This collection of essays examines the rise of a more politicized context for macroeconomic policymaking in Latin America from the standpoint of exchange rate management. Defined here as the price of a country's currency expressed in terms of other currencies or gold, the exchange rate has a direct impact on a wide range of relative prices. Admittedly, all macroeconomic policies are important, but under today's conditions of unprecedented commercial and financial openness in the region, changes in the level and stability of the exchange rate can more readily affect growth, employment, inflation, and other key economic indicators (for example, the relative price of goods, labor, and financial assets). Interestingly, despite a strong consensus regarding the importance of currency policy and the breadth of its impact, little attention has been paid to the role of politics in the choice and sustainability of a given exchange rate regime. Mexico, as the first Latin American country to experience a full-blown exchange rate crisis in the current era of market reform, has been most closely scrutinized. Given the prominent role that politics has been assigned in provoking that crisis, the purpose of this volume is to expand the analysis of exchange rate politics to other countries in the region.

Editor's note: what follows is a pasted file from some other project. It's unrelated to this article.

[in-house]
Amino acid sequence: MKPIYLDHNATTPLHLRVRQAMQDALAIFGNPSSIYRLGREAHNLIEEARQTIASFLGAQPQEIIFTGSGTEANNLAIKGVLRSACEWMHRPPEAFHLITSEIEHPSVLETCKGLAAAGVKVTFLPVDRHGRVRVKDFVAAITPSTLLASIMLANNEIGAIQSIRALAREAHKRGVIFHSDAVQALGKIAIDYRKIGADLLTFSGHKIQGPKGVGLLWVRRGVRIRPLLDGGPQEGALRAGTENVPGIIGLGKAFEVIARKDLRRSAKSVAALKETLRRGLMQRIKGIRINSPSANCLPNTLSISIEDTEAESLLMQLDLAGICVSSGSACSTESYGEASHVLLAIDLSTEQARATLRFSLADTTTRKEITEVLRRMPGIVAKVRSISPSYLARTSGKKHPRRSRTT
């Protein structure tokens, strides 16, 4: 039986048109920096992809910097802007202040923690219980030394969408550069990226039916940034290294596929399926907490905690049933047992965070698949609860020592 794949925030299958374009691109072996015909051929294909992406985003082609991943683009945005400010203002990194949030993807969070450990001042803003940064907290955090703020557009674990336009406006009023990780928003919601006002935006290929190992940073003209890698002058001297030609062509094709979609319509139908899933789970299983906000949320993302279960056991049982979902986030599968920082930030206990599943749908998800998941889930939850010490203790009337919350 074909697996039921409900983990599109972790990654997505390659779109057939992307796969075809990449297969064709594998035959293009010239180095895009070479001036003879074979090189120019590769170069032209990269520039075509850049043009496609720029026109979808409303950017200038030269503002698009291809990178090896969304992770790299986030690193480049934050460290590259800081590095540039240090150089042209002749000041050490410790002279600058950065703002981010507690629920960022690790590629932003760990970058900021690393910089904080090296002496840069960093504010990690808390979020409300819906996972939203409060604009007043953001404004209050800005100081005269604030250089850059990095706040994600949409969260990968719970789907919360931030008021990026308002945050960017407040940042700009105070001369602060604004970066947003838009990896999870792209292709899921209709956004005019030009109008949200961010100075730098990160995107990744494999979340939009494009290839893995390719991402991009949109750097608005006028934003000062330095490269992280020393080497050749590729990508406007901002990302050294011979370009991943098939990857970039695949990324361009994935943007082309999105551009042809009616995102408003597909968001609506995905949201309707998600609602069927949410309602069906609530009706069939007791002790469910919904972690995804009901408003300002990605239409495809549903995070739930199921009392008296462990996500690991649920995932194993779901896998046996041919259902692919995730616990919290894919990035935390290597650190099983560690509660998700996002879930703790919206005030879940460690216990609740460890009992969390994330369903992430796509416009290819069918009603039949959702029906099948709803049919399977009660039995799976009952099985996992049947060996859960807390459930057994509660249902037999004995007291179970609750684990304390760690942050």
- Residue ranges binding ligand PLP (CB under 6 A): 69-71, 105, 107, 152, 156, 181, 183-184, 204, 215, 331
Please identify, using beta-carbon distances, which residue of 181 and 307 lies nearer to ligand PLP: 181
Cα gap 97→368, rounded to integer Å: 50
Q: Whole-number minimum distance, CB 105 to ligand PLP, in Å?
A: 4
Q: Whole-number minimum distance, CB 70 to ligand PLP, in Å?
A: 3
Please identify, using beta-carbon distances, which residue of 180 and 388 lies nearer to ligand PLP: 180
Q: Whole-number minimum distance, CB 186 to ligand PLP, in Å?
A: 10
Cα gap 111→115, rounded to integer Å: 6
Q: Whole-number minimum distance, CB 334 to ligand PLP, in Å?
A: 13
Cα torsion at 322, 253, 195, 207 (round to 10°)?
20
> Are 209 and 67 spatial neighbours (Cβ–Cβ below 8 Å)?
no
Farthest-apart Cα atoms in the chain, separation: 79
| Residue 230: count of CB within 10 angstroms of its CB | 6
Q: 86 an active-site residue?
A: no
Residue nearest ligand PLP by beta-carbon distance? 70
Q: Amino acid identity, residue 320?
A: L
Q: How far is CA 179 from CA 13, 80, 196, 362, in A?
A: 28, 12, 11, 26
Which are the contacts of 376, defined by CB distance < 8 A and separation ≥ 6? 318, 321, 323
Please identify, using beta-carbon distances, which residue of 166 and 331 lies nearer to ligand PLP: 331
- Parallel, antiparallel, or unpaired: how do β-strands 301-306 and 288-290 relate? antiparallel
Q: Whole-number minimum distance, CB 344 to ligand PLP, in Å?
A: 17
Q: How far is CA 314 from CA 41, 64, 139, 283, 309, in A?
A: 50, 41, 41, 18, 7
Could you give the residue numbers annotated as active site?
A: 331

I begin with a fairly simple set of questions. What are the main debates that have surrounded exchange rate policy since the advent of market reforms in Latin America? In comparing economic performance across the four countries considered here, what political economy lessons can be gleaned from the standpoint of exchange rate management? If politics is indeed relevant, what are the main societal factors and institutional mechanisms by which it has been brought to bear on macroeconomic decisionmaking? These questions are briefly explored below.

The Main Debates

Two overlapping themes have characterized the debate over exchange rate policy in Latin America since the widespread implementation of market reforms. The first regards the kind of exchange rate regime that would best complement the new liberal economic model. Opinions differ widely, for the liberal economic paradigm offers no clear guidance. For instance, two Nobel Prize-winning liberal economists, Milton Friedman and Robert Mundell, have argued respectively for a freely floating exchange rate and a rate fixed to the gold standard. Debates about exchange rates have remained a steady feature of the post-Bretton Woods shift from fixed to flexible currency arrangements, but Latin America's overt struggle with these issues in the context of more open economies has revived earlier discussions about policy choice in the region.